I know several people who travel so much for work that they have “home clothes” and “travel clothes” in addition to always ready-to-go bags with toothpaste and conditioner. I travel enough that I don’t find packing stressful, but not frequently enough to have an established routine. Given that, I almost always forget something.
Last week I traveled to Phoenix to attend a board of regents meeting and forgot my running shoes and toothbrush. When I met my early morning walking group wearing cowboy boots instead of my hot pink Asics, it prompted a conversation about how common and embarrassing it can be to leave vital items at home. One person shared that she went for an interview and discovered she had forgotten to pack the skirt that went with the top part of her ensemble. Another recounted wearing shorts on the plane and realizing at 11:00 p.m., when all the stores were closed, that he had a blazer, shirt and tie, but no pants for his 8:00 a.m. consulting meeting. I confessed to an unfortunate three-day trip to San Diego in which I reached the airport only to realize my suitcase was not in my trunk, but at home on my bed. “Hey, everyone,” I began the first committee meeting, “we are going to have to end early because the mall closes at 8:00 and I have arrived without underwear.”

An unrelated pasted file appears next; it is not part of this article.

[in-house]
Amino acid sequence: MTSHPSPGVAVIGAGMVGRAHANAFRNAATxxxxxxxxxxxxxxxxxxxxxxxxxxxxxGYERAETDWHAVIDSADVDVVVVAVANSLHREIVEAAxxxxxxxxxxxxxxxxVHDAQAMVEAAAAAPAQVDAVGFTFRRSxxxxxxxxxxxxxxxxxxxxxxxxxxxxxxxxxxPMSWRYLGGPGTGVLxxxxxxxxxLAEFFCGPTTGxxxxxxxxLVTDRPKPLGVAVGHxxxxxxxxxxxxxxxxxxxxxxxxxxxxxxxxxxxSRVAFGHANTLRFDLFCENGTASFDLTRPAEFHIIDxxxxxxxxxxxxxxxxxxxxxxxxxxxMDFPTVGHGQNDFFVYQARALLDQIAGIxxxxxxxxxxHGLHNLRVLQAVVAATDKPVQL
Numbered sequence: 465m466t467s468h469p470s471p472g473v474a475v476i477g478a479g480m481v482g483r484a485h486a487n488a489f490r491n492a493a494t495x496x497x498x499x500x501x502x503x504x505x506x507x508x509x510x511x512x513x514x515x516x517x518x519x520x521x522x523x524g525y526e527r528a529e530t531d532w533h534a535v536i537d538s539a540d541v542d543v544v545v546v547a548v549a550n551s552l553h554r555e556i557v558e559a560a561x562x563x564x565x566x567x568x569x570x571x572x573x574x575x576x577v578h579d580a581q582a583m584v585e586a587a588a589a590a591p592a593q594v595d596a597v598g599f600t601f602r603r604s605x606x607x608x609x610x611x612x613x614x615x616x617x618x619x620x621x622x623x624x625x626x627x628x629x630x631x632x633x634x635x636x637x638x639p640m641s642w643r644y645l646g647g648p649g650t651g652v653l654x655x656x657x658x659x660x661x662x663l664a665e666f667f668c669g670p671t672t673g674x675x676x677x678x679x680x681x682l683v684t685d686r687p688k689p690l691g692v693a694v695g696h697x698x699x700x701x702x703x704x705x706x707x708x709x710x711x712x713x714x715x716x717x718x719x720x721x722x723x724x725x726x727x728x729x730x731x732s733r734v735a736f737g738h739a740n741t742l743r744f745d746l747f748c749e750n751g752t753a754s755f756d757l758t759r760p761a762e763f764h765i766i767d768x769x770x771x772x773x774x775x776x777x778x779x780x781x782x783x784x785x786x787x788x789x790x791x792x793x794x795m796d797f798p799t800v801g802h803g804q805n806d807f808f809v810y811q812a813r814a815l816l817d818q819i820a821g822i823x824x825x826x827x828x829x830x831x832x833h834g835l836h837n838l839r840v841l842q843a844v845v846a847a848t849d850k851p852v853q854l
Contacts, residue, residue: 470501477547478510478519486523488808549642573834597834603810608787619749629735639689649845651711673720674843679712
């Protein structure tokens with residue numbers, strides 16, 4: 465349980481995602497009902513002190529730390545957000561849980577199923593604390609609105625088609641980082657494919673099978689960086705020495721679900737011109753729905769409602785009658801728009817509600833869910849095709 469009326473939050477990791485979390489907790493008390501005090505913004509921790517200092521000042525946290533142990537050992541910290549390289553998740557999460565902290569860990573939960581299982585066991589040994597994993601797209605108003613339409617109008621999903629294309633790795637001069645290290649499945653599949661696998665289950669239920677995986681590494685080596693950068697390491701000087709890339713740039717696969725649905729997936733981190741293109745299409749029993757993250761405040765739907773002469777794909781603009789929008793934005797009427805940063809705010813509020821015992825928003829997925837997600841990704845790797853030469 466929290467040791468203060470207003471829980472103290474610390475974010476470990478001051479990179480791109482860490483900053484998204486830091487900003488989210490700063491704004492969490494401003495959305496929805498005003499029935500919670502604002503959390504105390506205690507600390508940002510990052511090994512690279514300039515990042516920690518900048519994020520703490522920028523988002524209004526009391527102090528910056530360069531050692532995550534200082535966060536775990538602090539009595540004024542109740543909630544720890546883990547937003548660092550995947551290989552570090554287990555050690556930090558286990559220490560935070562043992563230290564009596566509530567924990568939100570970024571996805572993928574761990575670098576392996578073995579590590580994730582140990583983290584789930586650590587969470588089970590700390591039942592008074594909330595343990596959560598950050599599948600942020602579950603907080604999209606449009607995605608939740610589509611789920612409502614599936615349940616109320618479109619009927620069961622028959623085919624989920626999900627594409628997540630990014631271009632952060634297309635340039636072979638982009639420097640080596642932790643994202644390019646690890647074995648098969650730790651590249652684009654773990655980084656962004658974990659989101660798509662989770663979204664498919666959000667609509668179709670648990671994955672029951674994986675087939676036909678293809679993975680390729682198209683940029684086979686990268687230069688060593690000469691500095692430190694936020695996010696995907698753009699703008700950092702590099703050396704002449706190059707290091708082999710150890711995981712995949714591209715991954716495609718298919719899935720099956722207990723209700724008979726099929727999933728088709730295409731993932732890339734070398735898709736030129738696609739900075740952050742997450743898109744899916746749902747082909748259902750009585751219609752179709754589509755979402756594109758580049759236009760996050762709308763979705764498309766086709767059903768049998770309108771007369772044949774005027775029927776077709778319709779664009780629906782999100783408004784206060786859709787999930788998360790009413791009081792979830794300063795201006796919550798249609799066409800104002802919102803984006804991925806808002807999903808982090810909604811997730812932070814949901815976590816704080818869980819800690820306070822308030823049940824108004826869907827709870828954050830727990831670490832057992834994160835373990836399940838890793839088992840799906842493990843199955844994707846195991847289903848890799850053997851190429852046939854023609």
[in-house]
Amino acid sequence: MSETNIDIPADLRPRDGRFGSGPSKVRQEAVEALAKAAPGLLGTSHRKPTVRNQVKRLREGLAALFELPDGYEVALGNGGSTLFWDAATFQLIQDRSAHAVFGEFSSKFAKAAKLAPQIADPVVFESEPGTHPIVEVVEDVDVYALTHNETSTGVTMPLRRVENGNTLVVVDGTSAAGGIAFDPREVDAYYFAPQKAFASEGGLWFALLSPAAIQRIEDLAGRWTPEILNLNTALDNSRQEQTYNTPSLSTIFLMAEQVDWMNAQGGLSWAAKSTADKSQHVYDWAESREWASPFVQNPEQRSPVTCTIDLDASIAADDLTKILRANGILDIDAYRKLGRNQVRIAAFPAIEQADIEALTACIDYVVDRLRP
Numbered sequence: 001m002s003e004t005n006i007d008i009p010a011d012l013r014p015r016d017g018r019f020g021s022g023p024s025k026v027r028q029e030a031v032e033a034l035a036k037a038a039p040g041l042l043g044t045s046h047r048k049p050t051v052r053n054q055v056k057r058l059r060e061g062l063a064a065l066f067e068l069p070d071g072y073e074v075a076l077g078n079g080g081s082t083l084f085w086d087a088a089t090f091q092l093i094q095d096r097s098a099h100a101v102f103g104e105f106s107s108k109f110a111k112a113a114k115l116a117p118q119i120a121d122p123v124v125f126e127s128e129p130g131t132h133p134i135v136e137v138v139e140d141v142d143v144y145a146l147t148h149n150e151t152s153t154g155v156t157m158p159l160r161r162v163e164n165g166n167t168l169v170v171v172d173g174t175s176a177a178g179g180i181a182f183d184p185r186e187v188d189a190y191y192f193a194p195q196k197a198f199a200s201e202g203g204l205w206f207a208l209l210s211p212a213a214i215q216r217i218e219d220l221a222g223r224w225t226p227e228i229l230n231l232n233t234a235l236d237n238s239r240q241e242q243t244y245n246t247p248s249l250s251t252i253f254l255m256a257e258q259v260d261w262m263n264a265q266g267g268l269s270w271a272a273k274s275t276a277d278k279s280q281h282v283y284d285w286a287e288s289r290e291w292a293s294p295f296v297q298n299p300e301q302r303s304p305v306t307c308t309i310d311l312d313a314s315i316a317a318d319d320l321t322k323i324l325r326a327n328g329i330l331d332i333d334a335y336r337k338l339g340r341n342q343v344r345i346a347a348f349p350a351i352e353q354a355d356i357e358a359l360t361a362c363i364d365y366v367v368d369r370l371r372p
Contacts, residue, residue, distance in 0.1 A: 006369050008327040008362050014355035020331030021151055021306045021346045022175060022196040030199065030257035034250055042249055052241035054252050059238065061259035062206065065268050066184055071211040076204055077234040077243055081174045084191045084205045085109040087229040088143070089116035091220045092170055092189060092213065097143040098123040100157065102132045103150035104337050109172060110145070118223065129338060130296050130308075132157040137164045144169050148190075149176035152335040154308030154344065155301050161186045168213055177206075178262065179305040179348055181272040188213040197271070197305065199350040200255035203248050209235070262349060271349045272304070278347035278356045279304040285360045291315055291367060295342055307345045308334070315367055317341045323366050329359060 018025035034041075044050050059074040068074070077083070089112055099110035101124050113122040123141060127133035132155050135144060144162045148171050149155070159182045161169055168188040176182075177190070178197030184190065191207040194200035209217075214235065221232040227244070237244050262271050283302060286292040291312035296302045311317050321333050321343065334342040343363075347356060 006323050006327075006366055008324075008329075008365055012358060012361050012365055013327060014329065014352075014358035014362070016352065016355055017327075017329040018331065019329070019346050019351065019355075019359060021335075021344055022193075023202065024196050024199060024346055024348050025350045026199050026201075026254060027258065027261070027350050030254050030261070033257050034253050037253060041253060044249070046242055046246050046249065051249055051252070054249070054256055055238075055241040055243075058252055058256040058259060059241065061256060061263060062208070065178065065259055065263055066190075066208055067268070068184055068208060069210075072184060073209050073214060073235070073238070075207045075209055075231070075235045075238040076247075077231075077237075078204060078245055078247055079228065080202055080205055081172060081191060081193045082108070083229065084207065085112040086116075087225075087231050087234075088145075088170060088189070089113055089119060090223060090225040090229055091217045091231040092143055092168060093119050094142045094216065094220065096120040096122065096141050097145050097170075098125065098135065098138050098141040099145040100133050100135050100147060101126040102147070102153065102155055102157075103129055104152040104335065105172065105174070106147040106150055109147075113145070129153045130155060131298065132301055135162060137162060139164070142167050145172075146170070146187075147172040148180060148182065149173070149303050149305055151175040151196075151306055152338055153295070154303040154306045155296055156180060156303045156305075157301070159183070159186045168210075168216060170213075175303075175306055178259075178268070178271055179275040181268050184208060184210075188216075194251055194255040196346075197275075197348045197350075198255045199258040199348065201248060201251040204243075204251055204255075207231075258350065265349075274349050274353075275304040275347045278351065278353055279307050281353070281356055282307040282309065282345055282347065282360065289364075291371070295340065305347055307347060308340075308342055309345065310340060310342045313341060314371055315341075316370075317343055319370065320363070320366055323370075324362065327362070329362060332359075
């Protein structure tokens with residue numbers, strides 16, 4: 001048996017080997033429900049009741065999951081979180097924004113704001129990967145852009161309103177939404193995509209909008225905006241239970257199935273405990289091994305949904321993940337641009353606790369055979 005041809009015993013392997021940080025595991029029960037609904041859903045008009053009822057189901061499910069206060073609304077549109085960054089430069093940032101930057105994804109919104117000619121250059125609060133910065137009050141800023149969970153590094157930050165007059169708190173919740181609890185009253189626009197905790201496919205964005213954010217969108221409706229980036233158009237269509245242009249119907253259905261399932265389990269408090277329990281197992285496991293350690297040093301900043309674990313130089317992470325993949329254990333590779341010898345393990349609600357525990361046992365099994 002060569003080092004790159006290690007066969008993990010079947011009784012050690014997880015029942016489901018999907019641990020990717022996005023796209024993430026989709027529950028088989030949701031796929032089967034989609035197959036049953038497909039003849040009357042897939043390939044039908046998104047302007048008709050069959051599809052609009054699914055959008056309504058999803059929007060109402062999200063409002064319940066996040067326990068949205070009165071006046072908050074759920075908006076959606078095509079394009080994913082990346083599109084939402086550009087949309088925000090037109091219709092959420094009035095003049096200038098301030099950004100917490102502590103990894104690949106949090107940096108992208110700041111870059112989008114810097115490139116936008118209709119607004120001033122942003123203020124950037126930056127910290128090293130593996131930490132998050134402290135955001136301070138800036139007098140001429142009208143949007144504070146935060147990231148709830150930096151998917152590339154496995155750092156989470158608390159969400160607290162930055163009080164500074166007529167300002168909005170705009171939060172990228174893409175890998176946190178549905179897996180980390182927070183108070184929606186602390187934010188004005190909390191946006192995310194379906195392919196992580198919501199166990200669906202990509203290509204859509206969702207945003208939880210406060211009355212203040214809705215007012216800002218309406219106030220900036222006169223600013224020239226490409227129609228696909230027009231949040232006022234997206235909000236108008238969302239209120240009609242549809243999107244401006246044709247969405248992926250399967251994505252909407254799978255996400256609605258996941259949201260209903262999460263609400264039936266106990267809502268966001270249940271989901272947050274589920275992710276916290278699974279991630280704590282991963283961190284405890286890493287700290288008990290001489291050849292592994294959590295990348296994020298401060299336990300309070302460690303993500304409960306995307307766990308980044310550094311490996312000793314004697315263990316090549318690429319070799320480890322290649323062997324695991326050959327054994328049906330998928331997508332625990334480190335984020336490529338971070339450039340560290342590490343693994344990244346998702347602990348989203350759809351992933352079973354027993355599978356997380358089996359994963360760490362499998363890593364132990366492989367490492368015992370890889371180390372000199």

Given that I seem to be challenged to pack required pants, power cords and potions, I decided that it was finally time to create a reusable travel checklist. I was inspired by both my latest packing gaffe and the completion of The Checklist Manifesto by Atul Gawande. This book, which focuses extensively on the power of checklists to reduce medical and aviation errors, applies to everyday life as well. It argues making a checklist requires a bit of sustained thinking, and then frees up later brain space for worrying about other things. Phone charger? Check! Allergy medicine? Yes! Running socks? Got ‘em.
I did a quick Google search on “travel kits” and found a variety tools that helped me build a customized checklist this weekend. It is a thing of beauty, but something tells me it is probably missing a few key items. I’m sure all will be revealed during my next trip.
Do you have any tips for making it easier to pack for professional meetings? What is the most interesting thing you have ever forgotten?